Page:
The mind boggling thing about all this is that it's not even the superiors doing this. All my superiors have been respectable people. It's the shift leaders, store managers, or other work leads who enforce the rules in these really aggressive manners.
What ultimately happens in these scenarios is the spirit of the work culture is dissolved to just a mere power play. Who knows more? Who has the power to do something over someone else? Who's the enforcer? Who's the actual problem finder?
The problem with this situation is the following:
1. It kills the motivation of the employees. It forces people to thrive, to the best of their necessary ability, in a very suffocating environment. The circumstances puts a strain on these employees - psychologically and physically. Therefore, it intervenes with the optimization of success.
2. It's just ethically wrong in the work place. People usually distance themselves and consider other modes of employment when their well-being is psychologically threatened.
3. Lastly, you lose the cultural stability and successful integrity of any worthy long-term success.
Sometimes I wonder how people decided to be so ruthless. I ponder at the amazing forgetfulness that we are humans and as such we should be treated and treate others as human beings. Even in the workplace, treatment of others shouldn't sum up to solely rules, responsibilities and statistics. Most importantly is the comfort and ease of the employees to approach anything they are responsible for with enthusiasm and a knowledge that there is room for error on the way to improvement.
We are all prone to error, all of our lives, let alone the time we spend in a company. So the best road to success, especially in positions of leadership, is to allow people to fault in grace. It's important that people acknowledge where they error, and be comfortable to approach an individual on the ladder up with questions and inquiries. If that employee is psychological strained and caged to a place of fearful speculation, alienation and most incredibly conspired against by their superiors, those individuals will never fully realize their true potential in that company.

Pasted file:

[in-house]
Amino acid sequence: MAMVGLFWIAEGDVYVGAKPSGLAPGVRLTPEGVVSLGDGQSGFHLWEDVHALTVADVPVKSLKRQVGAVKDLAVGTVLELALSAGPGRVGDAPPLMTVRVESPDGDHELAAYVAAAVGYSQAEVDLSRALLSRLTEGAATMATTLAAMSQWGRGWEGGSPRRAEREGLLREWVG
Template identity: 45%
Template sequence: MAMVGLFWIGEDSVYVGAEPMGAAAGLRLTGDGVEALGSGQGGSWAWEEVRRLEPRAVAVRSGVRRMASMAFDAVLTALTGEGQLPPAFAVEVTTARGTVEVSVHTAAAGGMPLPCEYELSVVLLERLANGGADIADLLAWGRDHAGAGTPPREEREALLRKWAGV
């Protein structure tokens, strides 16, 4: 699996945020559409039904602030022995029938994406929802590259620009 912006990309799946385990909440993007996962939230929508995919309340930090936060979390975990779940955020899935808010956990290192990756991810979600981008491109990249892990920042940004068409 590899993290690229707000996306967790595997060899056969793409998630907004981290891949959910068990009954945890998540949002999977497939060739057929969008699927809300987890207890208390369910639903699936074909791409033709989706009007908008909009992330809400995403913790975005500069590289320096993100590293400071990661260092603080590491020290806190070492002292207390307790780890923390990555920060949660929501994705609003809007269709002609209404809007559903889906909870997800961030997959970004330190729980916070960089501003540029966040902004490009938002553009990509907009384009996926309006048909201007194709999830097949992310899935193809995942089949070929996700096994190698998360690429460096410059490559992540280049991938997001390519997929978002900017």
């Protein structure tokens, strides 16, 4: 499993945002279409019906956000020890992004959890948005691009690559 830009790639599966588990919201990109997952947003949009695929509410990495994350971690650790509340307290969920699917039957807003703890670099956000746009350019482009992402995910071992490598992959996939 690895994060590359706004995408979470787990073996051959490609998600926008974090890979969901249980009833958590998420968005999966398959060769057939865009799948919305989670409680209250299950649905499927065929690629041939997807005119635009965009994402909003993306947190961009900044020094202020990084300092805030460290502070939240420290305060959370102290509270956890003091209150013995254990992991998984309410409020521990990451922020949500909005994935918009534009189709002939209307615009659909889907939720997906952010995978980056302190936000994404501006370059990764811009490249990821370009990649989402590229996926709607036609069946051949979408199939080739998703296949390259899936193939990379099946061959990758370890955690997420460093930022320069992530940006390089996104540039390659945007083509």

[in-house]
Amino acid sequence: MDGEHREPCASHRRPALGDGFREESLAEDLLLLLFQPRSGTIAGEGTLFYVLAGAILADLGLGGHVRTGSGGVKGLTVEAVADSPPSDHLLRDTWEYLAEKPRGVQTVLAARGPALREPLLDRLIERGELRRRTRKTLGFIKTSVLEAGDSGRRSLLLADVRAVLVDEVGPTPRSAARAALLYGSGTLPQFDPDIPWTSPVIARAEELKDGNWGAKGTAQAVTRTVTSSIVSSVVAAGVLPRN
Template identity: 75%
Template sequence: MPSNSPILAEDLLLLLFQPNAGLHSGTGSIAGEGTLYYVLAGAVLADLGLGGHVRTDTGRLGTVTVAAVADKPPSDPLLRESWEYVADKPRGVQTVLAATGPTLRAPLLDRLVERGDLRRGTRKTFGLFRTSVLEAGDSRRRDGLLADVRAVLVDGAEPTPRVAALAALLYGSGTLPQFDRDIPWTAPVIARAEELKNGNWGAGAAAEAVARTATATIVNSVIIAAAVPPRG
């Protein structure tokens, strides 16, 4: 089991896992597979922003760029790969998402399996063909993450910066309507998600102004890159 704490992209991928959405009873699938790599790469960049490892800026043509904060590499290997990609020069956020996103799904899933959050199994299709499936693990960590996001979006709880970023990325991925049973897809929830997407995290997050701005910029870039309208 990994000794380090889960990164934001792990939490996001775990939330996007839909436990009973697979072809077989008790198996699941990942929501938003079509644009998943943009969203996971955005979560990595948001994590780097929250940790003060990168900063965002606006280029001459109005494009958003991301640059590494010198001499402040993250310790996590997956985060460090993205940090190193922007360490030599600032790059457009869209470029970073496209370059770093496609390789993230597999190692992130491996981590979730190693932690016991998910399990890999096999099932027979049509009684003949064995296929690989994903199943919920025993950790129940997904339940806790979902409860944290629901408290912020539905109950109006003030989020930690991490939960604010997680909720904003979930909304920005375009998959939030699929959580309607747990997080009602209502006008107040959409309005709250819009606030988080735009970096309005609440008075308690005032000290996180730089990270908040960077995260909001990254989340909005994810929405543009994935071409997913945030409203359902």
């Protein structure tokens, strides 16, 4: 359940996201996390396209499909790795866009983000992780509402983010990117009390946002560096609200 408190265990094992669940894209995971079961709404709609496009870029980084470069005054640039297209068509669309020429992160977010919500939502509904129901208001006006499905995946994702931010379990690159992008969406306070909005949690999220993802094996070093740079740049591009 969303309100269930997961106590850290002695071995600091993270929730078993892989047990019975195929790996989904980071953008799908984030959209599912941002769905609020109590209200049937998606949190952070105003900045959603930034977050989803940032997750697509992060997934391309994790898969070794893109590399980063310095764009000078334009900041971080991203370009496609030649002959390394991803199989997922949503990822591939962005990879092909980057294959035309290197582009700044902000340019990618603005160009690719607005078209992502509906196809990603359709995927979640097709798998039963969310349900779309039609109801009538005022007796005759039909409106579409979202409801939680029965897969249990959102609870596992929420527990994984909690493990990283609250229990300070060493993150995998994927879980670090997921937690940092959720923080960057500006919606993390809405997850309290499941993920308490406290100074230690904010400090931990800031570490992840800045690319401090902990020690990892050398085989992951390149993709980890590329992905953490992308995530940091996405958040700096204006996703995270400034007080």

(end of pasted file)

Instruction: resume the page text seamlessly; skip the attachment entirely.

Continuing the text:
I have seen a lot of workplace ethical injustice. I am thankful and grateful that I have come across superiors who have supported and have nurtured my potential. I am also thankful that I stand by my work ethic and perserverence to always be the best that I can be so that no one superior enough to me can psychologically and professionally abuse.
"You have a heart. And I shall exploit it."
Beware of individuals who seek to exploit and abuse your good-hearted nature, your well -ntentioned nature, and your ambitious will to be more, to do more with the opportunity you're given, to work above and beyond what's expected of you, to excel even beyond your errors and faults, always!
Inspire rather than Conspire!